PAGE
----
Local Businesses Buzzing For Neon Signs

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FORT SMITH (KFSM) — As the sun sets over the second largest city in Arkansas, neon signs can be seen glowing from downtown storefronts.

Andy Kaelin’s shop, No.7 Tattoo, is one of them.

Kaelin said he wanted the outside of his business to look clean and classic just like the inside. He also said selecting a neon sign for his storefront was a, "no brainer".

“I think it's eye catching and it kind of has that feel — the older, kind of traditional style,” Kaelin explained.

Kaelin’s sign, along with most neon signs along Garrison Avenue, were handmade by Derrick Maxey, 42, who owns Maxey Signs and Neon on North Ninth Street.

Maxey has also played a role in constructing an impressive, larger-than-life, red arrow in Bentonville. That arrow towers about 70 feet above the downtown square.

Maxey opened his doors in 2003. The Fort Smith native's skills are self- taught and observed through apprenticeships, which includes glass bending to pumping gases into small tubes.

Also, Maxey tells 5NEWS he has gotten more calls for neon signs recently, “Now days, there's been a lot more neon calls. It’s trending again.”

Neon was first introduced in the U.S. in the 1920s. Since, the 3D art form has phased in and out of popularity throughout decades. During past years, it’s popularity tapered when plastics were introduced for the use of signs after World War II. Another surge in neon sign sales happened during the 80s when neon clothing became a fashion statement, and when shows including Miami Vice were popular on television.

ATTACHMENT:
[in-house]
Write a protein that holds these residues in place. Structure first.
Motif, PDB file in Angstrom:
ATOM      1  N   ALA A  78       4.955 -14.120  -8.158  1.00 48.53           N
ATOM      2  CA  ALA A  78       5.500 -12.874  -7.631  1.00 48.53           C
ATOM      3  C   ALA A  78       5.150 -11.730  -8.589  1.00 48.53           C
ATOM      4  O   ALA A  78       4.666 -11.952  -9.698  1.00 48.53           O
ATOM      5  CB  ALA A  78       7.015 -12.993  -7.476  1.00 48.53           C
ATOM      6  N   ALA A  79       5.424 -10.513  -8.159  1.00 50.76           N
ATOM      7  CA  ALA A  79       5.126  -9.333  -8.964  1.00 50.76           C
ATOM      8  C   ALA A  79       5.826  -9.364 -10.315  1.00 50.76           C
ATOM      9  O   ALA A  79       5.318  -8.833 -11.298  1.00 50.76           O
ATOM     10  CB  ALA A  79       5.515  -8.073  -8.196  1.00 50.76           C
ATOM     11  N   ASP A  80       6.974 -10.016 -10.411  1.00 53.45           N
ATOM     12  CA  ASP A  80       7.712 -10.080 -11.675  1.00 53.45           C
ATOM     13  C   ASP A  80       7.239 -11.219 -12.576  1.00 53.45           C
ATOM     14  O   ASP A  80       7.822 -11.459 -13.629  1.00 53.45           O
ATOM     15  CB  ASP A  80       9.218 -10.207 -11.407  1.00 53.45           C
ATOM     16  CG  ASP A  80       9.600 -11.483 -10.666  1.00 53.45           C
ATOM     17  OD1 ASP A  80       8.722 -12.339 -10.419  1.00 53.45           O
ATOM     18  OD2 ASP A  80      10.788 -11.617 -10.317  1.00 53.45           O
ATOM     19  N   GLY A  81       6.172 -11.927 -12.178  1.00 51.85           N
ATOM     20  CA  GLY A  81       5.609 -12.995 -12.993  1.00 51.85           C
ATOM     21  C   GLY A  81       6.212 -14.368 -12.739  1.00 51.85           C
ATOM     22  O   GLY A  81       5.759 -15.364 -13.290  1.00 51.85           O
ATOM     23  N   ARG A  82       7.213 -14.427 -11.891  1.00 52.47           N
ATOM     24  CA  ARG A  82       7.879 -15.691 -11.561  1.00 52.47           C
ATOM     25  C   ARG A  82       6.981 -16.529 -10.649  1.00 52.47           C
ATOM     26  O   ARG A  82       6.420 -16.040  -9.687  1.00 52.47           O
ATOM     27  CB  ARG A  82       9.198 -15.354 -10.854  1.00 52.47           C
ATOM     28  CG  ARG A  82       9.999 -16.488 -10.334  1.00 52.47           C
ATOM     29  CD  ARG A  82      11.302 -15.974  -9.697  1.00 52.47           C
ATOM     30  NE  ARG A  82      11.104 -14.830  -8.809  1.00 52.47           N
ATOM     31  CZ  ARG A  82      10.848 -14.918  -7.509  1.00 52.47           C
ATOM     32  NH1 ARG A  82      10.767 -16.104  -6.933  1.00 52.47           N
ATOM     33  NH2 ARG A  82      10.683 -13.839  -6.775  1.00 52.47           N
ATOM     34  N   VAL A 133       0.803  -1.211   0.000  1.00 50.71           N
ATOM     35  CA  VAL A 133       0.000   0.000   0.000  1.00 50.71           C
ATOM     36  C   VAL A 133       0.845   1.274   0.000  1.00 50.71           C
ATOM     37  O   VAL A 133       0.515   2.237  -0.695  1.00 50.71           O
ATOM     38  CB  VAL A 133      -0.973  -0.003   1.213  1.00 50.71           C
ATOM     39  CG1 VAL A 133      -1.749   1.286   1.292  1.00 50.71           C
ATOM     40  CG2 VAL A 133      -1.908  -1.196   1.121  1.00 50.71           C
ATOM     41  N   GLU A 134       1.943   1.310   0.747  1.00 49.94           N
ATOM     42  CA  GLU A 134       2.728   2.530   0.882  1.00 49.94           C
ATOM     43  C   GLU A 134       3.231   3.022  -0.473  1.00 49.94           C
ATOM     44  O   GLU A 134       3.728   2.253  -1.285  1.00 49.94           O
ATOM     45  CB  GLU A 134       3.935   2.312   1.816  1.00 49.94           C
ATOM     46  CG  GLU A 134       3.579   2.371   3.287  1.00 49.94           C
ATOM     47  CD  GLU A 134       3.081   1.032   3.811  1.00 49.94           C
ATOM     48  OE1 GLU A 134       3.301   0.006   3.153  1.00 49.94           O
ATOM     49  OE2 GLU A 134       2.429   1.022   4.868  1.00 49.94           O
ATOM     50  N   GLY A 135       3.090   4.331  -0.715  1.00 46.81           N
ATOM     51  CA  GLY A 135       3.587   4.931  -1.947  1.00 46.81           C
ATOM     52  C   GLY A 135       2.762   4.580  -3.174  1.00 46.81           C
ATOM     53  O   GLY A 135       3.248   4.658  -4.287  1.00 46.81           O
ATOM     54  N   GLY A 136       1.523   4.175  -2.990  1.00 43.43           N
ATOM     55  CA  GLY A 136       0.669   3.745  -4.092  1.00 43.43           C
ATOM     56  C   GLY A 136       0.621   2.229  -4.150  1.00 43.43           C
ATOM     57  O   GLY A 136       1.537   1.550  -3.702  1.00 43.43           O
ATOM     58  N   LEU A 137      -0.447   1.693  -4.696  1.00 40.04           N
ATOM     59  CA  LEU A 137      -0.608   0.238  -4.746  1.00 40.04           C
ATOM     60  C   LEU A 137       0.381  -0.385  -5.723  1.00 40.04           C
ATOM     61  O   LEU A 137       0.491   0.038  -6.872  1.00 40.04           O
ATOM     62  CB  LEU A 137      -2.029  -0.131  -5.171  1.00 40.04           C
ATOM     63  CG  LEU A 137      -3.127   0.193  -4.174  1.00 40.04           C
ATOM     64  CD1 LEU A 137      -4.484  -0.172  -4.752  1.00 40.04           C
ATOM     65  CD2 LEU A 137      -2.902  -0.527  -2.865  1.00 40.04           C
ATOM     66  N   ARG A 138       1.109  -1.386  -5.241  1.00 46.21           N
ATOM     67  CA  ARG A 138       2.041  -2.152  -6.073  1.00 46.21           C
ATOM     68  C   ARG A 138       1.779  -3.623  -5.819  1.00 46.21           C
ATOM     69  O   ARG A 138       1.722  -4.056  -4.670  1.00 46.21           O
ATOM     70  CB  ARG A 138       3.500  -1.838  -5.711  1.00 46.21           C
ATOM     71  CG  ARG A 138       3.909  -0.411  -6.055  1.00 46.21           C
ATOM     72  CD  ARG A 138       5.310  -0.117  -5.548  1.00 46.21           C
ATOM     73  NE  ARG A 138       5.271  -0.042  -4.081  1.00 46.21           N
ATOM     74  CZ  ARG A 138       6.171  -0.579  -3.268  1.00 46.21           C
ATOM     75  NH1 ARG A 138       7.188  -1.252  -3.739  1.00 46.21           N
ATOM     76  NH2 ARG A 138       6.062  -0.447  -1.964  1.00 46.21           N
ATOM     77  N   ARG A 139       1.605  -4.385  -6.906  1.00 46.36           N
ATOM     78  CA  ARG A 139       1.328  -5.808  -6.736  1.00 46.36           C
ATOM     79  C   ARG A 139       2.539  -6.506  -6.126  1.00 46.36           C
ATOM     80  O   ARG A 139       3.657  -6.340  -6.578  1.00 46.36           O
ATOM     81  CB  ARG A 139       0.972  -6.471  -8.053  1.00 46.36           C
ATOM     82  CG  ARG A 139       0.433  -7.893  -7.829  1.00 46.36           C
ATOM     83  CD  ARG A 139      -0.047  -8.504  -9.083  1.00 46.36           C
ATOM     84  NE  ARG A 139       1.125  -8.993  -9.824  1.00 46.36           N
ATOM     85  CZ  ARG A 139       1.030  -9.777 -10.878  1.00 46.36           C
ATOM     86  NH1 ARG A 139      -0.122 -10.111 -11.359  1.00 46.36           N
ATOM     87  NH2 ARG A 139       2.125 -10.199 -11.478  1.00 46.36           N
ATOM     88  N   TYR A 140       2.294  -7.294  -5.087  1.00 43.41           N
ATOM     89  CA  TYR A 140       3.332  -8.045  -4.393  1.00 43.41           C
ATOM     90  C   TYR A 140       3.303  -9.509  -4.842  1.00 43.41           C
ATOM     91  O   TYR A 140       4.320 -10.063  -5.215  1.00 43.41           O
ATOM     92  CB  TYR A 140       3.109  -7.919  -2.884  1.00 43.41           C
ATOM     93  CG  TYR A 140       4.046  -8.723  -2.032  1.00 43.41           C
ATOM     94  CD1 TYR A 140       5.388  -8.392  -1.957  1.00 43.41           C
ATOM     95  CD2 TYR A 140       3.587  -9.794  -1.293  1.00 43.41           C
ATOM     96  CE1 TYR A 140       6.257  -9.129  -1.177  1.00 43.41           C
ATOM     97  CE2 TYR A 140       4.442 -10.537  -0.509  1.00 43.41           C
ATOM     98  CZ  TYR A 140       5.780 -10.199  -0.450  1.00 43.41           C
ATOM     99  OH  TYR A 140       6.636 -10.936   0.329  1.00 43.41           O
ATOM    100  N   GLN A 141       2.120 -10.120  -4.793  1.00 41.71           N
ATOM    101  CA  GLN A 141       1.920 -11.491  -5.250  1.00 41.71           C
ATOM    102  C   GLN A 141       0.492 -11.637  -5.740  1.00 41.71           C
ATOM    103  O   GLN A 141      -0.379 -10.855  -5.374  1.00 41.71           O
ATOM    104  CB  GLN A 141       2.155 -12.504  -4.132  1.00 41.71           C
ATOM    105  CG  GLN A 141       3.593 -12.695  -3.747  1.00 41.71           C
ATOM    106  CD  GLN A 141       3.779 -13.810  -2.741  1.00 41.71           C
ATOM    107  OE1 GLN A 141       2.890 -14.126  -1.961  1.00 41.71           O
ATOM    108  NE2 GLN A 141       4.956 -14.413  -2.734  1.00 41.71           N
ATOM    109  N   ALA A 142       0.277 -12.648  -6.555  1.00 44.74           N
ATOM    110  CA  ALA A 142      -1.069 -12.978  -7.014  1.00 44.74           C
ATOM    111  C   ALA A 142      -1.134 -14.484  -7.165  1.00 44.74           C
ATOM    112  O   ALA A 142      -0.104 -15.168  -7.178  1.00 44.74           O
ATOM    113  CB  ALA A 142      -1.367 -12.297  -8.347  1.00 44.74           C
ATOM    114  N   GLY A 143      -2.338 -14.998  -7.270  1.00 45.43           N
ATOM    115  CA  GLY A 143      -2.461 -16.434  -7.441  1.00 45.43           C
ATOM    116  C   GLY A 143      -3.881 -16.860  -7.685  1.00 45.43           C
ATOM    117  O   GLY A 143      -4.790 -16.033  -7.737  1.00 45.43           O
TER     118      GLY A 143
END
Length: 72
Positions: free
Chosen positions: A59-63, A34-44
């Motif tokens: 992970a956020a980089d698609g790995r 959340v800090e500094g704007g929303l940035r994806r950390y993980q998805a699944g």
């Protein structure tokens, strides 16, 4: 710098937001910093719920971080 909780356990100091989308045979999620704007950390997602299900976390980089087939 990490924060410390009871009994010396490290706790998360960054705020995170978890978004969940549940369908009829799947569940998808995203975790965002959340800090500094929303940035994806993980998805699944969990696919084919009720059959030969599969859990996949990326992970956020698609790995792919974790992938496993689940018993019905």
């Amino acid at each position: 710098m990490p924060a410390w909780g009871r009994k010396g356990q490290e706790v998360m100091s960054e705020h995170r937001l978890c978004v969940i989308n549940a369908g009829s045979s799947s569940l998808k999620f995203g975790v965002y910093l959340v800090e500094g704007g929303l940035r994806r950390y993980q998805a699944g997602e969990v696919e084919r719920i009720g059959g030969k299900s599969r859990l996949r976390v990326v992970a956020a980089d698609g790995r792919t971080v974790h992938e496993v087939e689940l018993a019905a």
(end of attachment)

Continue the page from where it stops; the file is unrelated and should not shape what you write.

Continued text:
LED lights became more prominent in the 90s and 2000s because of their energy efficient properties.

“Not everyone is into it, but if you think about the businesses that are downtown right now with a neon sign, they've been here for awhile and they're well established,” said Maxey.

Maxey said he plans to remain in Fort Smith.

In the future, he wants to partner with local universities and teach students the critical skills needed for making neon signs since there are just a few institutions where people learn how.

Maxey added that he wants to branch out beyond making signs and focus on the artistic side of neon. Previously, he has had conversations with organizers of The Unexpected Project and wants to incorporate his neon pieces with the massive murals already on display throughout our area.

To learn more about Maxey and his business, click here.

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